Distribution Ecology of Soil Crust Lichens in India: A Comparative Assessment with Global Patterns

  • Roger Rosentreter
  • Himanshu Rai
  • Dalip Kumar Upreti


Soil-inhabiting terricolous lichens along with other cryptogams such as mosses and cyanobacteria form a functional entity, referred to as biological soil crust (BSC). Lichen-dominated BSCs occur worldwide. The formation of BSCs and their species diversity is governed by factors such as, climate, soil-type, calcareousness, soil-texture, hydrology, and zooanthropogenic pressures. In India, soil crust formation and terricolous lichen diversity is governed by the same set of factors that govern soil crusts globally. The western dryer region of the country is poor in soil crust lichens due to dryer climate, sandy-textured soils, and high zooanthropogenic perturbations. Terricolous lichens in these regions are restricted to some high altitude, moist habitats and largely composed of calcicolous species such as the genus Collema. The Himalayan habitats harbour maximum diversity of biological soil crusts and terricolous lichens dominated by species of Stereocaulon and Cladonia, followed by Peltigera and Xanthoparmelia. The soil crust lichens in these temperate habitats are constrained by grazing pressures and decrease in soil cover along increasing altitudinal gradient.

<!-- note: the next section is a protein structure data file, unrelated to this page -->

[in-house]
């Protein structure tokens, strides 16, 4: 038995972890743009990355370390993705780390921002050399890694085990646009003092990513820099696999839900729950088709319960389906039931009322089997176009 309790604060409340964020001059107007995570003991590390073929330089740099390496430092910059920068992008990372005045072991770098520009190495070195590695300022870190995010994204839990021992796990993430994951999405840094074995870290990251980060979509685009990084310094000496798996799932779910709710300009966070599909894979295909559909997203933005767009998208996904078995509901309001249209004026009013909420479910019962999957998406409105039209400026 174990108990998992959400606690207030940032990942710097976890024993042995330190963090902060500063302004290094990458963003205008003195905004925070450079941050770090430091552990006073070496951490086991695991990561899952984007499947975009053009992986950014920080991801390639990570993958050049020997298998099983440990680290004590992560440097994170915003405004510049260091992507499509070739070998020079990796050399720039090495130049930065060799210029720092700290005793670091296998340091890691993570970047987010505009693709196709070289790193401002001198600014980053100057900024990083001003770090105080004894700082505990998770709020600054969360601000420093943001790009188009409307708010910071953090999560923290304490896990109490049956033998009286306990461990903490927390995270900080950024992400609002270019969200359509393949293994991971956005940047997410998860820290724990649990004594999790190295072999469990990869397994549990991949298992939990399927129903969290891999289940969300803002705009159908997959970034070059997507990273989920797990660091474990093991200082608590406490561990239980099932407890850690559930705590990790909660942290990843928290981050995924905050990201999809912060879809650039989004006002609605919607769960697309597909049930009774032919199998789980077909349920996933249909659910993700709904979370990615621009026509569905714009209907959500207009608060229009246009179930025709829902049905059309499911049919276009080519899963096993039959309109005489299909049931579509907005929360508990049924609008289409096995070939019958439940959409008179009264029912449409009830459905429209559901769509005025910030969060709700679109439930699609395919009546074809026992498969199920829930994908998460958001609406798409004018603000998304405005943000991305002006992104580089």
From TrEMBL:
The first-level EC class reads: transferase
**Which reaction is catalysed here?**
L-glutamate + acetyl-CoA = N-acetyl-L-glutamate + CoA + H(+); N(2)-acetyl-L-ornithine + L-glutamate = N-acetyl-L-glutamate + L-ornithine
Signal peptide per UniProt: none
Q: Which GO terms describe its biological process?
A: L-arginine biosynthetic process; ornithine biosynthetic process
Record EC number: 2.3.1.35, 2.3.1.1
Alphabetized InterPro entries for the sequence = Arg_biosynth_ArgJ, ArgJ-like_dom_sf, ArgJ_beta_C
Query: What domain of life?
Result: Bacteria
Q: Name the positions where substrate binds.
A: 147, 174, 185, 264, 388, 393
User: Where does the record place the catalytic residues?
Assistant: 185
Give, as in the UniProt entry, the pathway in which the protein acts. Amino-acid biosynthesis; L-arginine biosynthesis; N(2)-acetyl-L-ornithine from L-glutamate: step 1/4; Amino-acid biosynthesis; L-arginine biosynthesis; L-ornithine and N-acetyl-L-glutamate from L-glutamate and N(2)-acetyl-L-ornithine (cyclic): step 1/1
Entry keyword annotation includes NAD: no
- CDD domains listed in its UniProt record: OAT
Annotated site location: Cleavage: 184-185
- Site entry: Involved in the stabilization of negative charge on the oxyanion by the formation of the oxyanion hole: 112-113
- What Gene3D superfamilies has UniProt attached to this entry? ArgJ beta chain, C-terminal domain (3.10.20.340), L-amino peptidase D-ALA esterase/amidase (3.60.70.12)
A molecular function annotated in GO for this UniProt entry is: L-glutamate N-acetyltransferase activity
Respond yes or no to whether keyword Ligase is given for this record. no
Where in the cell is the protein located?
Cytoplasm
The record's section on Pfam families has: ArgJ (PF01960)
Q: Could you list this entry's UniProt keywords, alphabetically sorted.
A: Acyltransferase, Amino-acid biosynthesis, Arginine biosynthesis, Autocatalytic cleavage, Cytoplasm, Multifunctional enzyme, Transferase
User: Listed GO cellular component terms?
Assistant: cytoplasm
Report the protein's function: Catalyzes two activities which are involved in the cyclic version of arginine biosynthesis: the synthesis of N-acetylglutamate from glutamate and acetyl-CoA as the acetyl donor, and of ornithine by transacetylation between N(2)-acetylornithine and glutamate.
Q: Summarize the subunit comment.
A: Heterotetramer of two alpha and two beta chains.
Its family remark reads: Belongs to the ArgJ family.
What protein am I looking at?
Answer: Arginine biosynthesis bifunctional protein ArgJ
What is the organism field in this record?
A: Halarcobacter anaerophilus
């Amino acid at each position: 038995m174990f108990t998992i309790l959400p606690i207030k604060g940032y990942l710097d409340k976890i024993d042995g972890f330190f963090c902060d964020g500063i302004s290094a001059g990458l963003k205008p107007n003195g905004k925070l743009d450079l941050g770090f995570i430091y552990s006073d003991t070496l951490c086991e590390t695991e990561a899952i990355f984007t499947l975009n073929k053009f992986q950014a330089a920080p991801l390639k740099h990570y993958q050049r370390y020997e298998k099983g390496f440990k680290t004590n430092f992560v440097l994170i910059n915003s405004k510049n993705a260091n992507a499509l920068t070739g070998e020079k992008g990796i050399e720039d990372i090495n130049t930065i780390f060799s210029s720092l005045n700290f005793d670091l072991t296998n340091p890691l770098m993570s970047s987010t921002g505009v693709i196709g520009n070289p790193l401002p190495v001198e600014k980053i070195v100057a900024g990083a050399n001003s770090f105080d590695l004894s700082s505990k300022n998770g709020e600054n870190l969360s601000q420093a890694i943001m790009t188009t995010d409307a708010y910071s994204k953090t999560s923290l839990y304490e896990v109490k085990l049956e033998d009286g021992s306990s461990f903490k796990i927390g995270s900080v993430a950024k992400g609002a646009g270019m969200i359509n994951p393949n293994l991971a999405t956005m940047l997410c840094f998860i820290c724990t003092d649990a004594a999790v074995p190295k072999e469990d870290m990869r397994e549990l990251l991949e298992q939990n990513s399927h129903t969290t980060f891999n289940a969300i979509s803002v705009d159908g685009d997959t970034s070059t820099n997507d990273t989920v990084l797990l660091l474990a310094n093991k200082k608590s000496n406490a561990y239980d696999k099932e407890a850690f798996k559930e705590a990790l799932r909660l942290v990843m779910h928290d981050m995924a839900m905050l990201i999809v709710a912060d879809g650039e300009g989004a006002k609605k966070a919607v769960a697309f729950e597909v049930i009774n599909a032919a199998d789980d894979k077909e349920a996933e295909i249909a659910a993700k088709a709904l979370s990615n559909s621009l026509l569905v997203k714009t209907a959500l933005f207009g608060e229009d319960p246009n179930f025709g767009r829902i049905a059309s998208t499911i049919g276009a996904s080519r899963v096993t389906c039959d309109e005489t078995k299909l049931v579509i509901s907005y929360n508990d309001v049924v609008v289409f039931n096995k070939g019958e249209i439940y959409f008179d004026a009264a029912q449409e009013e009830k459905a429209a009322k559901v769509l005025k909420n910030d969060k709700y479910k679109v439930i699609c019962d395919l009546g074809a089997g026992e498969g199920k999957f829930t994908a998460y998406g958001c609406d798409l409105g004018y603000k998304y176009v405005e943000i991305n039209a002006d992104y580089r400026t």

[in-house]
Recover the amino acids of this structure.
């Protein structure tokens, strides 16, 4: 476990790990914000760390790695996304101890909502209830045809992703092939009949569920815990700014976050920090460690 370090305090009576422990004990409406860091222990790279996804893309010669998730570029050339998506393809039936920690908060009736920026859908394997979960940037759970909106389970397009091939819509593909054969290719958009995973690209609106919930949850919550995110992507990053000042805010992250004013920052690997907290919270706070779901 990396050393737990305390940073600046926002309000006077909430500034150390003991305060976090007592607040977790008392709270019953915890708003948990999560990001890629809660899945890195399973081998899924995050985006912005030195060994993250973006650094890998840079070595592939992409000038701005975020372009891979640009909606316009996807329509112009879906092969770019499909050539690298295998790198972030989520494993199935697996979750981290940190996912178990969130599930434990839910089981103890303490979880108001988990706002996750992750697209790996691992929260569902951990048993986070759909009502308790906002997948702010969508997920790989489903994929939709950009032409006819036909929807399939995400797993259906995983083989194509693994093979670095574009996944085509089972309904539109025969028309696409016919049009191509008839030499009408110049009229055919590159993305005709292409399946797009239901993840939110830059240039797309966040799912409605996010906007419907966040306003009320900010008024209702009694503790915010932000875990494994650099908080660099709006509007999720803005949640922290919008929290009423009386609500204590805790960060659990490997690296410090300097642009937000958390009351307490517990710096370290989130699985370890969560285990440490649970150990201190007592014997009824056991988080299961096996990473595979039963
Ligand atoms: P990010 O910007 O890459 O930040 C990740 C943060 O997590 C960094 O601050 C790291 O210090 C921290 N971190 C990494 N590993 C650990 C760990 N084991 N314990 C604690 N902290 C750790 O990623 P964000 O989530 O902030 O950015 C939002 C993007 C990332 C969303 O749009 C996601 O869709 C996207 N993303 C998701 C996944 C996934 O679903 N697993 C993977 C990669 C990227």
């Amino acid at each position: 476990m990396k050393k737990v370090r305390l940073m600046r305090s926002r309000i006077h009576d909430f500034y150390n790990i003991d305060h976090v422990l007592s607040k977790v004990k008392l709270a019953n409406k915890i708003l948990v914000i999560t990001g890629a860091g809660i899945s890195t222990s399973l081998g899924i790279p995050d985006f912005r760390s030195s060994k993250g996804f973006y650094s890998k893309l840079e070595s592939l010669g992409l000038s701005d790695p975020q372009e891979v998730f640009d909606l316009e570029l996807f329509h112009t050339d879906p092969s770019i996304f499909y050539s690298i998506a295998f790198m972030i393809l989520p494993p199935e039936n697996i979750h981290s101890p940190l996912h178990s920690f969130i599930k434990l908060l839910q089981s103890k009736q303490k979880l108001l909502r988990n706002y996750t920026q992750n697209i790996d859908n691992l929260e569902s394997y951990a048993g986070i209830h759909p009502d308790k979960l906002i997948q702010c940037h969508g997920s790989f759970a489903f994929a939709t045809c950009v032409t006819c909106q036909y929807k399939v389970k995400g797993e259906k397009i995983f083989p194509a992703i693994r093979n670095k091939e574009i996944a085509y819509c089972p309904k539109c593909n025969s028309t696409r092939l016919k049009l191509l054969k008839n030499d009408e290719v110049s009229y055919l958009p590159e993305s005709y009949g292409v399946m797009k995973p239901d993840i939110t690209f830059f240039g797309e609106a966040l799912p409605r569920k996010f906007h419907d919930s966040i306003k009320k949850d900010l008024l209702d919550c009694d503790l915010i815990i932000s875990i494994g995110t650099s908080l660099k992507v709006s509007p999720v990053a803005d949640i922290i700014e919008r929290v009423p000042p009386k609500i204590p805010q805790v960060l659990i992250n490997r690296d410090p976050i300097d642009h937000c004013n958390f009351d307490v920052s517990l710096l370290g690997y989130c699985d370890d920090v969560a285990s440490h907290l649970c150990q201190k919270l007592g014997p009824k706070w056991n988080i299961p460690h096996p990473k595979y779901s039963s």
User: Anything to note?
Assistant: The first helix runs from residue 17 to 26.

Biological soil crust Diversity Altitude Growth Patterns 


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Copyright information

© Springer Science+Business Media New York 2014

Authors and Affiliations

  • Roger Rosentreter
    • 1
  • Himanshu Rai
    • 2
  • Dalip Kumar Upreti
    • 2
  1. 1.Idaho Bureau of Land ManagementBoiseUSA
  2. 2.Lichenology Laboratory, Plant Diversity, Systematics and Herbarium DivisionCSIR-National Botanical Research InstituteLucknowIndia

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